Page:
Have all the milestones been achieved? Is the project proceeding within budget? Have the project’s overall objectives been affected? Have any new factors been identified which may impact on the project or related developments? Should the project proceed to the next stage? If Yes: Are the milestones set for the next stage appropriate? Are the necessary skills and resources available?
Yes Yes Yes Yes * Yes *
* * No
No No *
Have the associated risks been analysed and plans Yes * No for their management identified? ------------------------------------------------------------------------------------------------------------------------------------Comments (including brief statement on the overall status of the project):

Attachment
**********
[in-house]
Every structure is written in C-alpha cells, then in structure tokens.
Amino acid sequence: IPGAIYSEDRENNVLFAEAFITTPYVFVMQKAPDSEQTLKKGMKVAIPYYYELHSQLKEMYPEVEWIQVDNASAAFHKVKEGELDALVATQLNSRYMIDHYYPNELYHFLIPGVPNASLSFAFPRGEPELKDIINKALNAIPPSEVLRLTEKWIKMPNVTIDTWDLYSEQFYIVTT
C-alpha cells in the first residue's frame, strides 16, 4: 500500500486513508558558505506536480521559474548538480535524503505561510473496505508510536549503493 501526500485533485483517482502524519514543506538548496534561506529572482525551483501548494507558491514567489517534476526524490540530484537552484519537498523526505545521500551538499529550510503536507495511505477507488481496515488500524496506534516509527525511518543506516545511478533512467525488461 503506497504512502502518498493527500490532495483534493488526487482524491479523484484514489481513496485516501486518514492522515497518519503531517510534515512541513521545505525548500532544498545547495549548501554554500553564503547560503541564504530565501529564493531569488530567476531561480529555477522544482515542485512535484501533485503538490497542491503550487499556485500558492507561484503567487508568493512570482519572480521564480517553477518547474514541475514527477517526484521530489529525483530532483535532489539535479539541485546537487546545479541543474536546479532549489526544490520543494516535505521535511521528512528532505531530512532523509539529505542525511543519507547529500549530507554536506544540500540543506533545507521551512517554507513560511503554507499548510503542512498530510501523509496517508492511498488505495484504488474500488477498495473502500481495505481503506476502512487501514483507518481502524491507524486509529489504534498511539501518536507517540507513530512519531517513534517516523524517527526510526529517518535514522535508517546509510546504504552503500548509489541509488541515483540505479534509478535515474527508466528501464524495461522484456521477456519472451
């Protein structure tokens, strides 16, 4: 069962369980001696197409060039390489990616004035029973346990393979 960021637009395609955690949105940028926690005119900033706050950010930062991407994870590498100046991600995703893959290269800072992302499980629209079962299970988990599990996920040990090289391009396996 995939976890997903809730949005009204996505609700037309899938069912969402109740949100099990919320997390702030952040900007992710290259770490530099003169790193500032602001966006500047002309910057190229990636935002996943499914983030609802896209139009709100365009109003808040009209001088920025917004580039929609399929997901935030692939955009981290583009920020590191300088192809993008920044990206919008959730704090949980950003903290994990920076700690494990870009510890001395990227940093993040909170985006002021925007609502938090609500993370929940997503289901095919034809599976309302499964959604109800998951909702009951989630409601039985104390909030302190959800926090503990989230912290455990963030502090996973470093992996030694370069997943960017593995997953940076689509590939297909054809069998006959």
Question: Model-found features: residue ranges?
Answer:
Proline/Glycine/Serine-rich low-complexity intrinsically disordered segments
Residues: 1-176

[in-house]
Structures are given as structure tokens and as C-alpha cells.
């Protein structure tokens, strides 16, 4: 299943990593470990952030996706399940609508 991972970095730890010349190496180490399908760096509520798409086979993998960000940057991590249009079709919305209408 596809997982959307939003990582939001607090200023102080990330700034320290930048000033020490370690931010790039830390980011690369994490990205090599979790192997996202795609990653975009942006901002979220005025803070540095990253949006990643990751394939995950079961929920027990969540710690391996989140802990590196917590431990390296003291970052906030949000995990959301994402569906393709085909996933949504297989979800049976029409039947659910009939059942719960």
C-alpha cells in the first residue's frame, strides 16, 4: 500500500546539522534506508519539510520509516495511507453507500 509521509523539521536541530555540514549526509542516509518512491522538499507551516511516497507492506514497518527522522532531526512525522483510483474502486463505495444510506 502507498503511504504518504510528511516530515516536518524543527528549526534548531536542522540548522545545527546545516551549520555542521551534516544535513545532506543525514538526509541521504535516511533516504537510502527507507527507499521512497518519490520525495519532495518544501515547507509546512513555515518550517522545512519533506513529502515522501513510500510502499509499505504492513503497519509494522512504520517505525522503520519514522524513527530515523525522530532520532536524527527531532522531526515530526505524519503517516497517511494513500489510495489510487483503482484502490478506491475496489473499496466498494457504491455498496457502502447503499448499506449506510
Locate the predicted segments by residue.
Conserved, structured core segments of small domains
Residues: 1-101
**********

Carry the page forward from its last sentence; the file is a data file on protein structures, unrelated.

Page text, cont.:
* Please provide further details above. Signature of Independent Reviewer ……………………………………………… Date …………….. Date of next Planned Review ……………………….
Appendix 6 KEY PLAYERS IN PROJECT MANAGEMENT FRAMEWORK
Internal Project Sponsor
(University Committee/Senior Management etc.)
Regular reports via PLAN contact Relevant Head of School/ Divisional Director Independent Reviewer
Could be the same or different people depending on the nature of the project.
Budget holder for the project Reviews at times specified in the detailed project plan Project Manager (& Project Team) Formal report Informal report Suppliers of Products/ Services to the Project